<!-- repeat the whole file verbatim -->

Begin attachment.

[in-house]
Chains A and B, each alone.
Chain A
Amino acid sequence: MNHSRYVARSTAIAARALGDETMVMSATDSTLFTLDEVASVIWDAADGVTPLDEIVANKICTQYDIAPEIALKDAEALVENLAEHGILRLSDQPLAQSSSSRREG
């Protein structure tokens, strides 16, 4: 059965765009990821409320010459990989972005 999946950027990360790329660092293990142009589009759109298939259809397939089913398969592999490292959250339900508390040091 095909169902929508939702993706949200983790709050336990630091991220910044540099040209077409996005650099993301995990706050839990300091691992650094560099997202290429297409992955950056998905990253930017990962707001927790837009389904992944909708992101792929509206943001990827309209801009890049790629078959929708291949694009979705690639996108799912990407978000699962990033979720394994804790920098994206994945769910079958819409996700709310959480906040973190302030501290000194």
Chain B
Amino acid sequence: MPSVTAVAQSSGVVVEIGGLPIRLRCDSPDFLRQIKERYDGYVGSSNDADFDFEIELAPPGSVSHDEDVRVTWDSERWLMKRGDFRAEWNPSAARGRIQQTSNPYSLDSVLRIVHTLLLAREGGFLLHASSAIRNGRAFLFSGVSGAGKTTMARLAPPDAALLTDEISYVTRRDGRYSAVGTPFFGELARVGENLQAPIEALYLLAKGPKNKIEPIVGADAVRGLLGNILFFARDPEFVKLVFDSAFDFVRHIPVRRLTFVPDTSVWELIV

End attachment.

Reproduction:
[in-house]
Chains A and B, each alone.
Chain A
Amino acid sequence: MNHSRYVARSTAIAARALGDETMVMSATDSTLFTLDEVASVIWDAADGVTPLDEIVANKICTQYDIAPEIALKDAEALVENLAEHGILRLSDQPLAQSSSSRREG
């Protein structure tokens, strides 16, 4: 059965765009990821409320010459990989972005 999946950027990360790329660092293990142009589009759109298939259809397939089913398969592999490292959250339900508390040091 095909169902929508939702993706949200983790709050336990630091991220910044540099040209077409996005650099993301995990706050839990300091691992650094560099997202290429297409992955950056998905990253930017990962707001927790837009389904992944909708992101792929509206943001990827309209801009890049790629078959929708291949694009979705690639996108799912990407978000699962990033979720394994804790920098994206994945769910079958819409996700709310959480906040973190302030501290000194």
Chain B
Amino acid sequence: MPSVTAVAQSSGVVVEIGGLPIRLRCDSPDFLRQIKERYDGYVGSSNDADFDFEIELAPPGSVSHDEDVRVTWDSERWLMKRGDFRAEWNPSAARGRIQQTSNPYSLDSVLRIVHTLLLAREGGFLLHASSAIRNGRAFLFSGVSGAGKTTMARLAPPDAALLTDEISYVTRRDGRYSAVGTPFFGELARVGENLQAPIEALYLLAKGPKNKIEPIVGADAVRGLLGNILFFARDPEFVKLVFDSAFDFVRHIPVRRLTFVPDTSVWELIV